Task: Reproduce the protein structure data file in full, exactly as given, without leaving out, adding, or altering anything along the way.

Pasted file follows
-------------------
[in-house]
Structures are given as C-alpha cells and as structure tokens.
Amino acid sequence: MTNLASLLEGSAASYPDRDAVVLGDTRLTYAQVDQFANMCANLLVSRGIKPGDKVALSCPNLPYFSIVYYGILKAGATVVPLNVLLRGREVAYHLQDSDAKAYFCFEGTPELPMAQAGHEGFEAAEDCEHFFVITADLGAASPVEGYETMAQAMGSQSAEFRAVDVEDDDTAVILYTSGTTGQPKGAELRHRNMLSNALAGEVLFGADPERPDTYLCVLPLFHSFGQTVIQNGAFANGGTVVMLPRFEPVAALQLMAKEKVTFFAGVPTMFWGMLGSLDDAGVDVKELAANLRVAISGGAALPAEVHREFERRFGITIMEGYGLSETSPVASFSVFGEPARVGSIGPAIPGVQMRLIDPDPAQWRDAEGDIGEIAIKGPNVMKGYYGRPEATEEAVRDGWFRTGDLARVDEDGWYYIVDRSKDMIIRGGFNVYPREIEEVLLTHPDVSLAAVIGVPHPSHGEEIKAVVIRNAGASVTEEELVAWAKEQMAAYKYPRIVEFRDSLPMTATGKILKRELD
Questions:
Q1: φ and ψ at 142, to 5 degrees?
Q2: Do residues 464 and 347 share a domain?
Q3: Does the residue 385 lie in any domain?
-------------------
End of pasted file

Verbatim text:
[in-house]
Structures are given as C-alpha cells and as structure tokens.
Amino acid sequence: MTNLASLLEGSAASYPDRDAVVLGDTRLTYAQVDQFANMCANLLVSRGIKPGDKVALSCPNLPYFSIVYYGILKAGATVVPLNVLLRGREVAYHLQDSDAKAYFCFEGTPELPMAQAGHEGFEAAEDCEHFFVITADLGAASPVEGYETMAQAMGSQSAEFRAVDVEDDDTAVILYTSGTTGQPKGAELRHRNMLSNALAGEVLFGADPERPDTYLCVLPLFHSFGQTVIQNGAFANGGTVVMLPRFEPVAALQLMAKEKVTFFAGVPTMFWGMLGSLDDAGVDVKELAANLRVAISGGAALPAEVHREFERRFGITIMEGYGLSETSPVASFSVFGEPARVGSIGPAIPGVQMRLIDPDPAQWRDAEGDIGEIAIKGPNVMKGYYGRPEATEEAVRDGWFRTGDLARVDEDGWYYIVDRSKDMIIRGGFNVYPREIEEVLLTHPDVSLAAVIGVPHPSHGEEIKAVVIRNAGASVTEEELVAWAKEQMAAYKYPRIVEFRDSLPMTATGKILKRELD
Questions:
Q1: φ and ψ at 142, to 5 degrees?
Q2: Do residues 464 and 347 share a domain?
Q3: Does the residue 385 lie in any domain?